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Member Post

 

I would like to hear about members’ experiences with faith-based eating disorder residential programs, particularly ones dealing with bulimia. Is there anyone here who is on the other side of that experience? How did it go and how did you benefit? Do you know someone who went through one? I direct a small, residential Christian […]

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Doug is the child of an alcoholic. He was born in 1940, and though both parents doted on him, his father was abusive toward his mother. They divorced, at a time when it was not common. Doug’s mother moved him from a tiny rural community to a much larger town. We have “stuffed” our feelings […]

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Member Post

 

A feminist interprets every interaction with a male as a “microaggression” and an excuse for her (and all women’s) drinking problem. I round up some girlfriends and we spend hundreds of dollars in a hipster bar, drinking rye Manhattans and eating tapas and talking about the latest crappy, non-gender-blind things that have happened to us in meetings […]

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This Irishman Hates St. Patrick’s Day (well what it has now become sadly I’m sad to say)

 

st paddyToday, on the 17th of March, we celebrate the arrival of Christianity in Ireland. It is, of course, St. Patrick’s day. So how will the Irish of modern Ireland and people of nations around the world — with or without Irish blood or heritage — honor the man who brought Christianity to our shores and changed Ireland and Western Civilization for the better? (The conversion of Ireland rekindled the conversion of Northern Europe after the fall of Rome.)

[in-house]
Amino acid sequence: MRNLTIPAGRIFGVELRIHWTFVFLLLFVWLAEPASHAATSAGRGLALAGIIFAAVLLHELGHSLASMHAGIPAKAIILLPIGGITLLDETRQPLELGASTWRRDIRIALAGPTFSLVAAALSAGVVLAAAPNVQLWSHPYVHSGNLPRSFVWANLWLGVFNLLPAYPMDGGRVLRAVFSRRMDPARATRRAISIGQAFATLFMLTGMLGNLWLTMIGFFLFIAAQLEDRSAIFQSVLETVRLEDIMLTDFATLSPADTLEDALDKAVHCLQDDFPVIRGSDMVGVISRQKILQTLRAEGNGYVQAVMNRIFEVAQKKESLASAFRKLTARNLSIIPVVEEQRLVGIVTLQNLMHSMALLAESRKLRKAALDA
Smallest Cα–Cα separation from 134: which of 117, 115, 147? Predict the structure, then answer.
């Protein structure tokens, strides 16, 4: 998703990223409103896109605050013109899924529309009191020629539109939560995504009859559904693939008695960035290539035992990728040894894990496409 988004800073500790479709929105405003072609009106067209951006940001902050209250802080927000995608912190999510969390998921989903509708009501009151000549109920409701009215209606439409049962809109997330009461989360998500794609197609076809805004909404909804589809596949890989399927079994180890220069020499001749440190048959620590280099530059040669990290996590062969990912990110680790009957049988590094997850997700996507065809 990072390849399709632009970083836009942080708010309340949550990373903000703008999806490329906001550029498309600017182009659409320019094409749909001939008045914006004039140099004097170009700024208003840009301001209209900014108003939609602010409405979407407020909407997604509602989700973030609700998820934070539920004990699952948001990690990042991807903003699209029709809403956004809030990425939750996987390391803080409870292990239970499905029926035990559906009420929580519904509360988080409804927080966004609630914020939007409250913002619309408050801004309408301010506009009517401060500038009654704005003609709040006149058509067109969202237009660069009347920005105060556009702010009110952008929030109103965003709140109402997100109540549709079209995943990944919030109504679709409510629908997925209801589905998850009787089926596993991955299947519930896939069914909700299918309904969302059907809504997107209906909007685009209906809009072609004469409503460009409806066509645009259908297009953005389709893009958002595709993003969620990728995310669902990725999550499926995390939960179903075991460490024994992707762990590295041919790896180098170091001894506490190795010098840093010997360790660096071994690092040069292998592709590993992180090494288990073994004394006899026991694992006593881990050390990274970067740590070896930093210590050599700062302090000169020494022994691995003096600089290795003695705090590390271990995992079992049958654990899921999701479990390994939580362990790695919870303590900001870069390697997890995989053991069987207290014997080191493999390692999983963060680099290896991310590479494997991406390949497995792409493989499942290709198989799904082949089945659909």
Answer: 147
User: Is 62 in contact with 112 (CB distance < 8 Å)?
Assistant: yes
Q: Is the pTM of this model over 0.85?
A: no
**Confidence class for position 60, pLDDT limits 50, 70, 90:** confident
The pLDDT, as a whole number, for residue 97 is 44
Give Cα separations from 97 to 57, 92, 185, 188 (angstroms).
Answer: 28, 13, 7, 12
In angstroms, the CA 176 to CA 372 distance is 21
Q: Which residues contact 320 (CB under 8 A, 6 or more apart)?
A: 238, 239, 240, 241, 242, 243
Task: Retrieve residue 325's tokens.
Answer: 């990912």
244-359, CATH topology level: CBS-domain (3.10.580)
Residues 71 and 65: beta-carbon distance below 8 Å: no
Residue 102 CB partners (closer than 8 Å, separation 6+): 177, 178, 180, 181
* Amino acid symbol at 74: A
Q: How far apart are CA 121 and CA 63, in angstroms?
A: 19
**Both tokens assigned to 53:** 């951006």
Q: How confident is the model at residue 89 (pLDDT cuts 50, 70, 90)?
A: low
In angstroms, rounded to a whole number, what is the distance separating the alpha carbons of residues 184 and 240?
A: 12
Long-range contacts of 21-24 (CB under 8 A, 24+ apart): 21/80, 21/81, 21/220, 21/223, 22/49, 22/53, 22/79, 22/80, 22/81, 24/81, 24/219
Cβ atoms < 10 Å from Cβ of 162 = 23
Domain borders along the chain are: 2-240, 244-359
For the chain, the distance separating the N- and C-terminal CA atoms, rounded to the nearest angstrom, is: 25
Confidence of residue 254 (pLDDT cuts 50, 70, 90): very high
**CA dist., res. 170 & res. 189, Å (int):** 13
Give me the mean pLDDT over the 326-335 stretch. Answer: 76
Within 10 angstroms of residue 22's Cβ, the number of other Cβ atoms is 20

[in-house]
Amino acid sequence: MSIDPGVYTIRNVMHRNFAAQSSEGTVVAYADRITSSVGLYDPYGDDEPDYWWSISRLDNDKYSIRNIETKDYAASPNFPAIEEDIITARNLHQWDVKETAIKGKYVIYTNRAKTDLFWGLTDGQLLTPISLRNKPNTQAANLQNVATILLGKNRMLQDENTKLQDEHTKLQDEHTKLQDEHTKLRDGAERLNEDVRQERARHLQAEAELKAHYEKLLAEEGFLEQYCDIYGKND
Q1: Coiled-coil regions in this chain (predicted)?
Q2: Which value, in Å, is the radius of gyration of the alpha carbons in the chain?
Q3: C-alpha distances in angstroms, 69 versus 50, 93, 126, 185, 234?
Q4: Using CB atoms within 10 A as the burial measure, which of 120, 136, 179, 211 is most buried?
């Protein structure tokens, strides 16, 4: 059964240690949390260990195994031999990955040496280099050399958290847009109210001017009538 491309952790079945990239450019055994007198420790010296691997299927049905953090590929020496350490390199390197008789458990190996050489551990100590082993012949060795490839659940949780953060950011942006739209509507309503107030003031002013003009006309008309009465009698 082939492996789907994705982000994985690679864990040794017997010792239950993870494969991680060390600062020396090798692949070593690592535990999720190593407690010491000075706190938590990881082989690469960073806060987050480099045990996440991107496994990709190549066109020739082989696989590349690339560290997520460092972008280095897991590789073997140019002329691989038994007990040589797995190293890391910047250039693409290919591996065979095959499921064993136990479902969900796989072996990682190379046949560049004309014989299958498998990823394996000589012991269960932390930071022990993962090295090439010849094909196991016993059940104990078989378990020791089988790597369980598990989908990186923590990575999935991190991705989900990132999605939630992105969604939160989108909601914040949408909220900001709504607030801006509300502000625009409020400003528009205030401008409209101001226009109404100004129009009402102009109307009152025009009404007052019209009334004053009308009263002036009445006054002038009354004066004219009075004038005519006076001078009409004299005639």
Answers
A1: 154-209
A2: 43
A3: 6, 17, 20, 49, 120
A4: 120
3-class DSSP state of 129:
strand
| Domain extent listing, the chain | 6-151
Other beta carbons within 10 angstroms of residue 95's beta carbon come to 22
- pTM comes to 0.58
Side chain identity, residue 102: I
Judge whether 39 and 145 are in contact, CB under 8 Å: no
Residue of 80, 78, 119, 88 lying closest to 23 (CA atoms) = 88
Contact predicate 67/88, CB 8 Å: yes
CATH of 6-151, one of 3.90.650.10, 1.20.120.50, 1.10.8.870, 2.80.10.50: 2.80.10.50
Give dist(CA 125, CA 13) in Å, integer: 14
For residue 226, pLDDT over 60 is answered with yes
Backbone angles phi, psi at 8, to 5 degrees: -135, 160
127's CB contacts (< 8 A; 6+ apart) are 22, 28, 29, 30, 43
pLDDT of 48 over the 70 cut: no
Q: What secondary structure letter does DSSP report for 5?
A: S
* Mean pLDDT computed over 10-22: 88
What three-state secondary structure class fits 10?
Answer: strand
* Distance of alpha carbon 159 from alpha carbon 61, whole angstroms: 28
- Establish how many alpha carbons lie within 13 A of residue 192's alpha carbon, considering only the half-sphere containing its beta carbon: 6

Will people go to a church, Catholic or Protestant? Will they forego churchgoing but say a prayer, or have a meal, in his honor? Will they embrace Ireland and God with thanks for our liberation from the darkness of evil and ignorance?

I kid, of course. We all know what St. Patrick’s Day has become. (And God help anyone who says “St. Patty’s Day” to me — I will beat them with a Hurley.) Rather than celebrating a religious holiday that enlightened Ireland and Europe, the majority of celebrants around the world, be they Irish or not, will mark this feast with an orgy of unedifying drinking, thus living up to an unfortunate national stereotype and explaining why so many Irish people die from liver disease.

Member Post

 

I once worked for a large company where I had several supervisors. One in particular was always bubbly, constantly smiled, even when serious, and giggled all the time. She walked fast, was the first one in and last to leave. I asked her one day about her energy and seemingly positive attitude. She said very […]

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20 years ago a prediction was made. Using CDC and National Center for Health Statistics, the prediction was that “Future Deaths” due to firearms would rise and surpass auto accidents in the US (see chart below). It was intended to be a call for gun regulation. It became just another wrong prediction, but why? Intentional end point […]